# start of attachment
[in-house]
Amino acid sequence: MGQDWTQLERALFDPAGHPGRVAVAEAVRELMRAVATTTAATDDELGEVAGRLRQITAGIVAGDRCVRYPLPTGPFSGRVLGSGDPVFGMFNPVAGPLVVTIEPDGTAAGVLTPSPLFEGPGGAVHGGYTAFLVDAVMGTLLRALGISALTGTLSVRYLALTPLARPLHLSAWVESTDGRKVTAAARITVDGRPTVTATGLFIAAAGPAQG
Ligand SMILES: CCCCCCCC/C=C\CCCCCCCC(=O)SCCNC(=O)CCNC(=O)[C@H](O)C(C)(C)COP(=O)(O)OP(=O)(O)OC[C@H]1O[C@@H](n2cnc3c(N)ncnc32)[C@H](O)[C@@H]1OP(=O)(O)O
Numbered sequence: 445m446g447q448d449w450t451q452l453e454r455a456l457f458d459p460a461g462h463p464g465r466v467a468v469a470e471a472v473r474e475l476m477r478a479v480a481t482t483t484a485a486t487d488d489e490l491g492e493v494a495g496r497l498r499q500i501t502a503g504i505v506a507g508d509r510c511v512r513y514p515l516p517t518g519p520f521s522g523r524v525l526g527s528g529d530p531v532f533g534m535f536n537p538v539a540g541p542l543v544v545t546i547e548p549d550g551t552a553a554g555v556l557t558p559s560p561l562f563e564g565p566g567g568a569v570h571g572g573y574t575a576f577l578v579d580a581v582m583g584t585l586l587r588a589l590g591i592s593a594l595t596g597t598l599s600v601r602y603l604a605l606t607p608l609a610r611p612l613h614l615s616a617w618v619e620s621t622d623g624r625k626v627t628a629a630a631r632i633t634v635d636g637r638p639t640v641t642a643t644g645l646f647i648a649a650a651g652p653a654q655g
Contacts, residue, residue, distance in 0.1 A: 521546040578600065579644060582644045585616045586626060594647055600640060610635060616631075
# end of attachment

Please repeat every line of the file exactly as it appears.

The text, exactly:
[in-house]
Amino acid sequence: MGQDWTQLERALFDPAGHPGRVAVAEAVRELMRAVATTTAATDDELGEVAGRLRQITAGIVAGDRCVRYPLPTGPFSGRVLGSGDPVFGMFNPVAGPLVVTIEPDGTAAGVLTPSPLFEGPGGAVHGGYTAFLVDAVMGTLLRALGISALTGTLSVRYLALTPLARPLHLSAWVESTDGRKVTAAARITVDGRPTVTATGLFIAAAGPAQG
Ligand SMILES: CCCCCCCC/C=C\CCCCCCCC(=O)SCCNC(=O)CCNC(=O)[C@H](O)C(C)(C)COP(=O)(O)OP(=O)(O)OC[C@H]1O[C@@H](n2cnc3c(N)ncnc32)[C@H](O)[C@@H]1OP(=O)(O)O
Numbered sequence: 445m446g447q448d449w450t451q452l453e454r455a456l457f458d459p460a461g462h463p464g465r466v467a468v469a470e471a472v473r474e475l476m477r478a479v480a481t482t483t484a485a486t487d488d489e490l491g492e493v494a495g496r497l498r499q500i501t502a503g504i505v506a507g508d509r510c511v512r513y514p515l516p517t518g519p520f521s522g523r524v525l526g527s528g529d530p531v532f533g534m535f536n537p538v539a540g541p542l543v544v545t546i547e548p549d550g551t552a553a554g555v556l557t558p559s560p561l562f563e564g565p566g567g568a569v570h571g572g573y574t575a576f577l578v579d580a581v582m583g584t585l586l587r588a589l590g591i592s593a594l595t596g597t598l599s600v601r602y603l604a605l606t607p608l609a610r611p612l613h614l615s616a617w618v619e620s621t622d623g624r625k626v627t628a629a630a631r632i633t634v635d636g637r638p639t640v641t642a643t644g645l646f647i648a649a650a651g652p653a654q655g
Contacts, residue, residue, distance in 0.1 A: 521546040578600065579644060582644045585616045586626060594647055600640060610635060616631075